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Kim Neudorf
Patrick Howlett at Museum London
May 20, 2014

Part-Time Offerings, artist and (full disclosure) former Akimblog contributor Patrick Howlett's current exhibition at Museum London, works its way through a wide range of work from past and present projects including paintings, drawings, collage, as well as associated materials and artworks collected by Howlett. Each grouping of work is installed with ample breathing room, carefully positioned to make the best use of Museum London's lower-level Forum Gallery, which often has a distinctly odd, rumpus-room vibe. The exhibition's title, partly in reference to the spring appearance of part-time Visual Arts postings for teaching as a much-anticipated event for many artists living and working in London, also relates to the part-time, multidisciplinary or multi-gig nature of any artistic practice.



Patrick Howlett, this indeterminacy, 2007, tempera on wood panel

The central gallery space is divided up into four quadrants of temporary walls, each resembling the look and behavior of a particular production space or scenario of display such as the studio, the classroom, the domestic space and/or private art collection, the art fair booth, and the museum exhibition space itself. Loosely resembling these spaces rather than definitively linking to them, each zone opens up upon the surrounding installation, changing the nature of each grouping depending upon the angle or sightline (often a single work in the background or installed high above sneaks into the space with the stealth of a photobomb). This relates purposefully to the nonlinear nature of how single works or groupings of works relate to the history or instigation of other works as well as to the exhibition as a whole.

What surrounds an artistic practice, in the studio, at home, or at work, and how do these things, materials, ideas, states, and situations change or perform when exhibited? These are questions seemingly posed by the exhibition and taken up by the artworks via careful configurations occasioned by visual puns. A string of large windows overlooks the gallery space, often an invitation for visitors to browse without having to commit to stepping inside. Howlett has used this window space as a home for the exhibition's title in huge, widely spaced letters increasingly crammed and decreasingly coherent. This flip from immediate recognition to a kind of figure/ground camouflage continuously appears throughout the exhibition, most recently in a series of small paintings of bright shapes in orange, pink and green which surround paintings of dark lengths of line on white, stretching their sharp limbs like truncated shadows. These paintings are anchored by a 1978 plywood piece by Paterson Ewan, suggesting the series is partly in reference to a kind of play-on-words-on-letters-on-numbers.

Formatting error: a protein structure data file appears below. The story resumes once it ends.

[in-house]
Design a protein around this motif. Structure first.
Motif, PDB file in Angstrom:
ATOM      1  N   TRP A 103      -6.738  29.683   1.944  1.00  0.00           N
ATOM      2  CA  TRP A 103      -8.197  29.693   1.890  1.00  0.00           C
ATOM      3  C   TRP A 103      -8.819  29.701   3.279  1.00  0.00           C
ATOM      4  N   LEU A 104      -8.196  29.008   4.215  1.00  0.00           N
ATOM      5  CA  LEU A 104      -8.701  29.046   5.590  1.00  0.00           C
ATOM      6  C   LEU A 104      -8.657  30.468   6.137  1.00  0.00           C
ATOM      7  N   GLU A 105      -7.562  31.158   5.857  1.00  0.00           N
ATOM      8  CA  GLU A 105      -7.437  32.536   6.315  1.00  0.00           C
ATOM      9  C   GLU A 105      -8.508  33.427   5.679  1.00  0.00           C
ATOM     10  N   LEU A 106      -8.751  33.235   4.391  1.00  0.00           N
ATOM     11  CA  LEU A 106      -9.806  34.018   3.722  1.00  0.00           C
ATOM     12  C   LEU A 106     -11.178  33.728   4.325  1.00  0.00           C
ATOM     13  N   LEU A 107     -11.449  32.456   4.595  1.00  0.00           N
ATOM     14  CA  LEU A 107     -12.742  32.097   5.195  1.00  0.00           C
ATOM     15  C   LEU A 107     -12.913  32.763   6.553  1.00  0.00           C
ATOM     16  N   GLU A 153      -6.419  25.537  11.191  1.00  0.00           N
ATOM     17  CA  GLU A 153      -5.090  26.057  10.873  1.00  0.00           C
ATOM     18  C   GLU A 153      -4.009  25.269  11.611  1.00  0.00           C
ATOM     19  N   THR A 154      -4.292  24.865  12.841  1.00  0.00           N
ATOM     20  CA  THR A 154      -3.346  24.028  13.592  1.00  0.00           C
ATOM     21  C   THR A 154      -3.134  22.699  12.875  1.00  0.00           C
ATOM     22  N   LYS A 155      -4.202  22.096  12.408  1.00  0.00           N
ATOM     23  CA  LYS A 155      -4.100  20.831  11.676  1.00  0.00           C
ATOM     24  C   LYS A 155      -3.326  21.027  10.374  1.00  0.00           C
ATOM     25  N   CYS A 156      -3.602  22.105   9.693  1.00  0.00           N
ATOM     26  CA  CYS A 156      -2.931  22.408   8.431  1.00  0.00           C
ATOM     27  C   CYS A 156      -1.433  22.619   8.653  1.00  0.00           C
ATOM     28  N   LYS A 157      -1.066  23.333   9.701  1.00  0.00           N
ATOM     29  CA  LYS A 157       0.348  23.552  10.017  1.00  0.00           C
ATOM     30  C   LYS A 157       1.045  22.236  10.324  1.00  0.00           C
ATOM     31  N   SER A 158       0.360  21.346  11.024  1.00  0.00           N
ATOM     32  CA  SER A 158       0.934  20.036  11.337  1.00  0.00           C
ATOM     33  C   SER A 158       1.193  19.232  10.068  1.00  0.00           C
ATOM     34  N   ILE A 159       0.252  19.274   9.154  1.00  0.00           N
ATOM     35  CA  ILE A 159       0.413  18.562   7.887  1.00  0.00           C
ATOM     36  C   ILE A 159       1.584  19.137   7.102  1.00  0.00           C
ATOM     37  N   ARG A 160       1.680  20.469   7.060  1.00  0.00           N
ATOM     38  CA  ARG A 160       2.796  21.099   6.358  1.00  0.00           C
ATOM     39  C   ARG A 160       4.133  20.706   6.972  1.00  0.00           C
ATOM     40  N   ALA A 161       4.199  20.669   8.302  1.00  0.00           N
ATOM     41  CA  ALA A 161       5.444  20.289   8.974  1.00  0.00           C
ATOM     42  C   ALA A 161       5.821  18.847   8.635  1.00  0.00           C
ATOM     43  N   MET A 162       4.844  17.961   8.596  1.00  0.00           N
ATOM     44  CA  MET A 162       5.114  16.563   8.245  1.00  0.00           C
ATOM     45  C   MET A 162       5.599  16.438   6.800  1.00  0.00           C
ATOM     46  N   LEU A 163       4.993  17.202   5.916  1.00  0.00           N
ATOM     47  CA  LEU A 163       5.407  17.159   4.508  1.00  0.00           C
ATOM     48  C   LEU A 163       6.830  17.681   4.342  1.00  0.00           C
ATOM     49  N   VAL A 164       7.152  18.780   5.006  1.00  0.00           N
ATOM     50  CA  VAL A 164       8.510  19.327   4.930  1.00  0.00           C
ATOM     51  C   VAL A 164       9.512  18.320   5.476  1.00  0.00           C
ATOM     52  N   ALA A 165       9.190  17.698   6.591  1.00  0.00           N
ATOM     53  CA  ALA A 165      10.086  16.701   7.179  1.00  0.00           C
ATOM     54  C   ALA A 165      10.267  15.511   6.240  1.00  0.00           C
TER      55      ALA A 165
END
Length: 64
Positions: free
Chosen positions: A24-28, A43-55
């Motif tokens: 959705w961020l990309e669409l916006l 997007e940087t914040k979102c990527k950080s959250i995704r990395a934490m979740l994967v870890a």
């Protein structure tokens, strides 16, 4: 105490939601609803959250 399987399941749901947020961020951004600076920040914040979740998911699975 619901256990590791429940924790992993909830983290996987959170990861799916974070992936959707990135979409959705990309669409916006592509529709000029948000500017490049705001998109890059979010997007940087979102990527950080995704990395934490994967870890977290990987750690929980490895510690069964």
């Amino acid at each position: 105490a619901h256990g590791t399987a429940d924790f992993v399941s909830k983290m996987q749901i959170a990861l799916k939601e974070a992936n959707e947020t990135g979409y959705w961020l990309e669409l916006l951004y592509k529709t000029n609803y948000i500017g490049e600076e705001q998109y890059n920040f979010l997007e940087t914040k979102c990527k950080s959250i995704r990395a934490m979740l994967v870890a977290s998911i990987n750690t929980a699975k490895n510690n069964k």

Patrick Howlett, fixalimit, 2014, egg on tempera on panel

Tests, notes, and the preliminary space of ideas yet to be manifested appear and reappear in different states. These textual and visual notations mimic Howlett's choice of painting titles, which are often fragments that read like dissolving coordinates. This opens up a space to think of both words and paintings in terms of other kinds of transmissions and behaviors other than that which is easily apparent. The dryness of a particular phrase or title nonetheless has a certain posture, just as the material inflection of Howlett's paintings changes in tone and articulation. In a painting called this indeterminacy, the illusion of an uncomplicated study is upset by the crawling labor of yellow on purple which, ignoring the charged stamp of a blue-green shard, prefers to form its own alliances, as if signaling elsewhere with a quick tug of an earlobe. Color is shaped and mouthed rather than simply stated, and the angles at which compositions are first cut, folded, or pulled down across careful edges can be starkly influenced by sudden shifts in motivation.

Nearby, the charged yell of a Greg Curnoe drawing dissipates in proximity to a bulbous, leathery thought bubble, all which culminate in the seam of a wall where a family of collages sort through the oily stain of globular white on pink. These strings of encounters are prevalent in Part-Time Offerings, and every corner or ledge or wall expanse continues to invite further changes in tone, inflection, and constellation.


Museum London: http://museumlondon.ca/exhibitions:101
Patrick Howlett: Part-Time Offerings continues until August 17.


Kim Neudorf is an artist and writer currently living in London, Ontario. Her paintings have shown widely in Alberta and at Susan Hobbs Gallery in Toronto. She has contributed writing most recently to Susan Hobbs Gallery, Cooper Cole Gallery, Forest City Gallery, and Evans Contemporary Gallery. She is Akimbo's London correspondent and can be followed @KimNeudorf on Twitter.

 

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